The ethanol RIN price approached $1.50 a gallon in the 2020 bubble before falling below 25 cents. And it recently spiked at nearly $1 before slipping back somewhat.

Ethanol is broadly unpopular in the oil industry, largely because biofuels compete with petroleum products for market share. And many say the policy to promote ethanol is antiquated after a six-year drilling frenzy in the United States that has resulted in reduced imports and cheap gasoline.

But the industry is divided on the question of who should be responsible for RIN purchases — those who refine gasoline, as is now the case, or those who blend gasoline with ethanol or other biofuels.

So far, the E.P.A. has declined to change the policy. And industry experts see little chance of any change, at least until after the November elections.

The independent refiners say they are penalized by the system, because their operations are equipped to process only petroleum products — not ethanol, which absorbs water and can cause damaging corrosion in pipelines and storage facilities.

The refiners could buy or construct special ethanol blending terminals, but the smaller players say such investments are not financially feasible.

RINs are simply numbered tags created when ethanol or another biofuel is produced. When the biofuel is blended with gasoline or diesel — usually at a terminal near the filling stations where it will be sold — the resulting RINs can be sold to anyone.

If the blender does not sell the credit to a refiner, it can sell it to a hedge fund or a Wall Street bank, which can save the credits or trade them, like commodities contracts. RINs are generally valid for a year, though refiners can retain up to 20 percent of their credits for the next year. Once an RIN has been submitted to the E.P.A., it is out of circulation.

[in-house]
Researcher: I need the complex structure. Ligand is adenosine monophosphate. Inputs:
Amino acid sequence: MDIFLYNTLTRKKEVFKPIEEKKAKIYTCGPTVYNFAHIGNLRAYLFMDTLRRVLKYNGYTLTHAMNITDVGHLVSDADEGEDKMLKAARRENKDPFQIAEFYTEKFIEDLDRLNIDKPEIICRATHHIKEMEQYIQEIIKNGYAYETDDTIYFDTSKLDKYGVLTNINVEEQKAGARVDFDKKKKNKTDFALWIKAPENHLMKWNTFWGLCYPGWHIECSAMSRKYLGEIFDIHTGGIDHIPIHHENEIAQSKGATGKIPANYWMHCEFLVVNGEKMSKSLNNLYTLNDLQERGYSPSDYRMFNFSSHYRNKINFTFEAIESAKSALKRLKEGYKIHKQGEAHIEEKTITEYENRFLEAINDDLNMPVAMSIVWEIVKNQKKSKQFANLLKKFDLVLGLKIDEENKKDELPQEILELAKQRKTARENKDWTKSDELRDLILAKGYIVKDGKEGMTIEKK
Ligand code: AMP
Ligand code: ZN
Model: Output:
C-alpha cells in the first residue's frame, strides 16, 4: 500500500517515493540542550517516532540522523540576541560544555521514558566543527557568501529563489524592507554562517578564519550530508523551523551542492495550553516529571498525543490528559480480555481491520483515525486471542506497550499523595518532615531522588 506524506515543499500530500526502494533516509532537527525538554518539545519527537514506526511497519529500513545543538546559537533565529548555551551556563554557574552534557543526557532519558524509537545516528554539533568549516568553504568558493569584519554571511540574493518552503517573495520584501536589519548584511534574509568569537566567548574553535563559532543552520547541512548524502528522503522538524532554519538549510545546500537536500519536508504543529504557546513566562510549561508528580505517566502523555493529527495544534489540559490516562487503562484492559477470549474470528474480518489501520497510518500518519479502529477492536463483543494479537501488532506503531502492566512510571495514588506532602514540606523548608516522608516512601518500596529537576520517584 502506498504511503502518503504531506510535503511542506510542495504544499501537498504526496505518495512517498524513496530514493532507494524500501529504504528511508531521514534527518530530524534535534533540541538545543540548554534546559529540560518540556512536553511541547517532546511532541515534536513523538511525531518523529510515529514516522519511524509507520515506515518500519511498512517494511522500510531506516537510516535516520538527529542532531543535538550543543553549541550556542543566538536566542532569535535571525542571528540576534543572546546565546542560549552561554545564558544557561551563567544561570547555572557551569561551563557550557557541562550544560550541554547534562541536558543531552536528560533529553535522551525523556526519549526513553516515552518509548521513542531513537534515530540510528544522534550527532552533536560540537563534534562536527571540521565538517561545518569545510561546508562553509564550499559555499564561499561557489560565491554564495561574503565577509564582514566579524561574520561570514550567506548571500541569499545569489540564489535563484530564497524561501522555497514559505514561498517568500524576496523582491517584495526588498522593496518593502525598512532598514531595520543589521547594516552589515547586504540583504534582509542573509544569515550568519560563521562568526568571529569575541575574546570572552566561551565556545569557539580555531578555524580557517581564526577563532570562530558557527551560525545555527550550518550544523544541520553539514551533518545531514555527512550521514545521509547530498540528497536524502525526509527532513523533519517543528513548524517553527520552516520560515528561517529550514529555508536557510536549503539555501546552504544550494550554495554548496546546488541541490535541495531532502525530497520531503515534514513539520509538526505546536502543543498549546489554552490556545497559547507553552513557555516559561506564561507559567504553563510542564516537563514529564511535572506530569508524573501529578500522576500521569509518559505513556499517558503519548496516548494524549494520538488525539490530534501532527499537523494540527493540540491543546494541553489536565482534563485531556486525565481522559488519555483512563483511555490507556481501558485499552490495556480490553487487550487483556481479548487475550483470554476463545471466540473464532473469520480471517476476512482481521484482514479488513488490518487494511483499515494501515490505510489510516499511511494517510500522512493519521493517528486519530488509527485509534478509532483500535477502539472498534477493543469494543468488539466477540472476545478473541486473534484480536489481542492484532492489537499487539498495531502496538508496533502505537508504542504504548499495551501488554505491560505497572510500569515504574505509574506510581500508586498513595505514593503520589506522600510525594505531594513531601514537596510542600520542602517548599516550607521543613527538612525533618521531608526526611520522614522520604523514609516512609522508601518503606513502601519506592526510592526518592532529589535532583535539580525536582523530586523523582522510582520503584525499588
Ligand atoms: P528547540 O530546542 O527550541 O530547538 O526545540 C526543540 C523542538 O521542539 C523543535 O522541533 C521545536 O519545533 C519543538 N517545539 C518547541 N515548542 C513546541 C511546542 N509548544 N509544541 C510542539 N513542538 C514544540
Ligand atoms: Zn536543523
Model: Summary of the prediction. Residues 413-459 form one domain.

Many refiners loathe the RIN system, but others in the petroleum industry benefit from high RIN prices.

Many big oil companies make money blending ethanol for their gas stations and from trading the credits. RIN sales are also a big profit maker for gasoline station chains like Murphy USA and RaceTrac that also blend ethanol. And higher RIN prices also indirectly help ethanol producers like Cargill and Archer Daniels Midland because they create more demand for fuel blending.

Jack N. Gerard, the top oil lobbyist as head of the American Petroleum Institute, opposes the federal mandates for renewable fuels. But this month, he took sides on the question of who should bear the burden, when he wrote a letter to the E.P.A. urging the agency to maintain the current requirement that puts the onus on refiners.

With any change, he wrote, “compliance plans, investments, and commercial agreements that were premised on the current structure would be disrupted.”

In some years, there is an excess of ethanol and RINs in the market, and the RIN price tumbles. But the high prices lately are evidently the result of investors and blenders stockpiling RINs in the expectation that the E.P.A. will raise the blending requirements in 2020.